Hazing News

USM Kappa Sig Little Sis hospitalized with 0.47 BAC

From the Student Printz
When the irresponsible behavior of a college fraternity sends two young women to the hospital – where one remained in intensive care for more than a week – then that fraternity has become more of a liability than an asset to the campus community.

Such is the case of the Kappa Sigma chapter at the University of Southern Mississippi in Hattiesburg.

Last week, USM officials revoked Kappa Sigma’s charter because its members conducted an initiation ritual for members of its little sister organization that resulted in two young women having to be taken to Forrest General Hospital. One was treated and released the next day. But the other, a 20-year-old from Waveland, has been hospitalized since the night of Aug. 28 to cope with the consequences of a life-threatening blood-alcohol level of .47 percent.

USM officials did not seem to act quickly at first, but after the incident became widely known via press reports, the appropriate steps were taken to deal with the offending fraternity.

When parents send their students off to a college or university they are entrusting their most precious treasures to that institution, and have every right to expect great care and oversight of those young people. Not only in the classrooms and dormitories, but also in the organizations sanctioned by the schools. Yes, there is the matter of parental training and personal responsibility on the part of students, but the university must have stringent regulations and enforcement to protect those who are enrolled.

For USM and all of the other institutions of higher learning, the lesson of this hazing gone terribly wrong must not be lost, or ignored.

By Hank Nuwer

Journalist Hank Nuwer is the Alaska author of Hazing: Destroying Young Lives; Broken Pledges: The Deadly Rite of Hazing, High School Hazing, Wrongs of Passage and The Hazing Reader. He has written articles or columns on hazing for the Sunday Times of India, Toronto Globe & Mail, Harper's Magazine, Orlando Sentinel, The Chronicle of Higher Education and the New York Times Sunday Magazine. His current book is Hazing: Destroying Young Lives from Indiana University Press. He is married to Malgorzata Wroblewska Nuwer of Warsaw, Poland and Fairbanks, Alaska. Nuwer is a former columnist for the Greenville (Ohio)Early Bird and former managing editor of the Fairbanks Daily News-Miner in Alaska.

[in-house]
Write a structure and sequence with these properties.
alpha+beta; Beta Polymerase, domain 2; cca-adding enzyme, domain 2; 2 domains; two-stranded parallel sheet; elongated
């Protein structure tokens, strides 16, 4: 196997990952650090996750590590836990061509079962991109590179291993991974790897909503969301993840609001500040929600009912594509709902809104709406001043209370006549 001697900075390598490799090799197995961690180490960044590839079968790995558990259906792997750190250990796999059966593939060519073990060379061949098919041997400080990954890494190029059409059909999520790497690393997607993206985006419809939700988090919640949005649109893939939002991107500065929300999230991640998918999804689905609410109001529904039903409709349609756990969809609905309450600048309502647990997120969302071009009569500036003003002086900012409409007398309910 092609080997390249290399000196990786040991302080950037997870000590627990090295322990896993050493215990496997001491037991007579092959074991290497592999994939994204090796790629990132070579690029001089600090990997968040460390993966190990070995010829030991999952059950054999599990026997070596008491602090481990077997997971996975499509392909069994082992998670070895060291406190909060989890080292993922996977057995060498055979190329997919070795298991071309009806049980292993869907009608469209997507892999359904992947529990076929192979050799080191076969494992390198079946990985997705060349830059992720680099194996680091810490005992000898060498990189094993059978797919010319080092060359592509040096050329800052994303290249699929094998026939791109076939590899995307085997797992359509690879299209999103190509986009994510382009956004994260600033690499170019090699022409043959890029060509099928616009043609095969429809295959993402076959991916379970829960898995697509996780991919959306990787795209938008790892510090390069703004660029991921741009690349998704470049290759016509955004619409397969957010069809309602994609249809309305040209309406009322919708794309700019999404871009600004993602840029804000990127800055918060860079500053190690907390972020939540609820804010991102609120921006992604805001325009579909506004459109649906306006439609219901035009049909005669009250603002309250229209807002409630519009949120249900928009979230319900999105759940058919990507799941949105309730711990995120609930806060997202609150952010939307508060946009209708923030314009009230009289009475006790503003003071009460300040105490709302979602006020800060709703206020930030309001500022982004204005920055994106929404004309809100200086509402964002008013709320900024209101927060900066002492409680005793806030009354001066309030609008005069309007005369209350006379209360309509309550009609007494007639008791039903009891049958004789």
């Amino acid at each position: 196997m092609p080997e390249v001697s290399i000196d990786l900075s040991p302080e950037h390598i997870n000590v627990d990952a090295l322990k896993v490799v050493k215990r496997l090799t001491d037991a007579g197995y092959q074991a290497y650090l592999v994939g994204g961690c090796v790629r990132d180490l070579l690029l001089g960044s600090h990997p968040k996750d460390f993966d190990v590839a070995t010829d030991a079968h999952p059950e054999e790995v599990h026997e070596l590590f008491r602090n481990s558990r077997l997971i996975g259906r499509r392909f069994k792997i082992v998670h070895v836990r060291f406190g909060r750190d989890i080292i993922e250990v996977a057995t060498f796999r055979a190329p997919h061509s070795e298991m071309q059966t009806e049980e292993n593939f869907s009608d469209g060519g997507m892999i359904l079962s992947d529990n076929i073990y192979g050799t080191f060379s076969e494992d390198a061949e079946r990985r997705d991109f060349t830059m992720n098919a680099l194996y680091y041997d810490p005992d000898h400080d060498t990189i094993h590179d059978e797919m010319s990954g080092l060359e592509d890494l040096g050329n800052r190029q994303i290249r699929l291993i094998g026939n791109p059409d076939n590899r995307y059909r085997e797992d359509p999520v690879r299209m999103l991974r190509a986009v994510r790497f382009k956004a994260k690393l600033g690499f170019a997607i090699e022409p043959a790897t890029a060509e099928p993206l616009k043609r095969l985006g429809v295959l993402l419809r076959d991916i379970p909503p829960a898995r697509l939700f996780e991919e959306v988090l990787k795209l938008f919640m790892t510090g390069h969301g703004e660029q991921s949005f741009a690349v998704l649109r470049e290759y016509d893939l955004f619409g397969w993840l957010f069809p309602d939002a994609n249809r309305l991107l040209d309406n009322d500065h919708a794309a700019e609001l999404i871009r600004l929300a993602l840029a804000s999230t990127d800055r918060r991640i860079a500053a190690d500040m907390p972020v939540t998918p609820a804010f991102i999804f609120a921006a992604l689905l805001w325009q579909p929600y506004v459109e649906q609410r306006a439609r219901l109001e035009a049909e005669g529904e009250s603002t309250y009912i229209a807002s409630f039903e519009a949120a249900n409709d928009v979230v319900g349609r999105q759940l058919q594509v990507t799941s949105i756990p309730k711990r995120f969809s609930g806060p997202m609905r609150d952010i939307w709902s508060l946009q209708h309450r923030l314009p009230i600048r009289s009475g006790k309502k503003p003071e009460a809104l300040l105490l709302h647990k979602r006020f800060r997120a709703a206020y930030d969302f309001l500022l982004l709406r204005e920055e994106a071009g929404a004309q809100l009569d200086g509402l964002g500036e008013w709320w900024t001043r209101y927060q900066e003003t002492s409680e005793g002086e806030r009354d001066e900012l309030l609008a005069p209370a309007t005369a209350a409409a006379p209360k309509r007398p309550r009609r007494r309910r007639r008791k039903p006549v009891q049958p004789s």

Nuwer was named the Ohio Society of Professional Journalists columnist of the year in 2021 for his “After Darke” column in the Early Bird. He also won third place for the column in 2022 from the Indiana chapter of the Society of Professional Journalists. He and his wife Gosia, recently of Union City, Ind., have owned 20 acres in Alaska for many years. “The move is a sort-of coming home for us,” said Nuwer. As a journalist, he’s written about the Alaskan Iditarod sled-dog race and other Alaska topics. Read his musings in his blog at Real Alaska Daily-- and in his weekly column "Far from Randolph" in the Winchester Star-Gazette of Randolph County, Indiana.

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